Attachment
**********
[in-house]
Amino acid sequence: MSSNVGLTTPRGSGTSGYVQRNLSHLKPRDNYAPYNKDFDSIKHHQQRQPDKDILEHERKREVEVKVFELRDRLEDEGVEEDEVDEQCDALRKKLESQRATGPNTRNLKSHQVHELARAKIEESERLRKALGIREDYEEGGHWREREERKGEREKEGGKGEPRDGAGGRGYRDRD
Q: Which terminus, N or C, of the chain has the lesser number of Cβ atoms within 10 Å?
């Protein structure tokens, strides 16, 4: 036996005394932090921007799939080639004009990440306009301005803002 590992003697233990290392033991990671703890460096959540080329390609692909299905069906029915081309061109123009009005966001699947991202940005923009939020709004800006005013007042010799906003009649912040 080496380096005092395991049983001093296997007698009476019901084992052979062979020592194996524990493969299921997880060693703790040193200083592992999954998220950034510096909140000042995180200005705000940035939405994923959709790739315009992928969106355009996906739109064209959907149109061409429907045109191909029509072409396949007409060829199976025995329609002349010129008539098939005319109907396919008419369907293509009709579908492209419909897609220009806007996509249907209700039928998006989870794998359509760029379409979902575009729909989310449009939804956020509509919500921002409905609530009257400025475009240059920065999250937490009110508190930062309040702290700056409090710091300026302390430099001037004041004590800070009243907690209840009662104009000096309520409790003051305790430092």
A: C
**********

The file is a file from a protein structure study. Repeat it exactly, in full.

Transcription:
[in-house]
Amino acid sequence: MSSNVGLTTPRGSGTSGYVQRNLSHLKPRDNYAPYNKDFDSIKHHQQRQPDKDILEHERKREVEVKVFELRDRLEDEGVEEDEVDEQCDALRKKLESQRATGPNTRNLKSHQVHELARAKIEESERLRKALGIREDYEEGGHWREREERKGEREKEGGKGEPRDGAGGRGYRDRD
Q: Which terminus, N or C, of the chain has the lesser number of Cβ atoms within 10 Å?
């Protein structure tokens, strides 16, 4: 036996005394932090921007799939080639004009990440306009301005803002 590992003697233990290392033991990671703890460096959540080329390609692909299905069906029915081309061109123009009005966001699947991202940005923009939020709004800006005013007042010799906003009649912040 080496380096005092395991049983001093296997007698009476019901084992052979062979020592194996524990493969299921997880060693703790040193200083592992999954998220950034510096909140000042995180200005705000940035939405994923959709790739315009992928969106355009996906739109064209959907149109061409429907045109191909029509072409396949007409060829199976025995329609002349010129008539098939005319109907396919008419369907293509009709579908492209419909897609220009806007996509249907209700039928998006989870794998359509760029379409979902575009729909989310449009939804956020509509919500921002409905609530009257400025475009240059920065999250937490009110508190930062309040702290700056409090710091300026302390430099001037004041004590800070009243907690209840009662104009000096309520409790003051305790430092």
A: C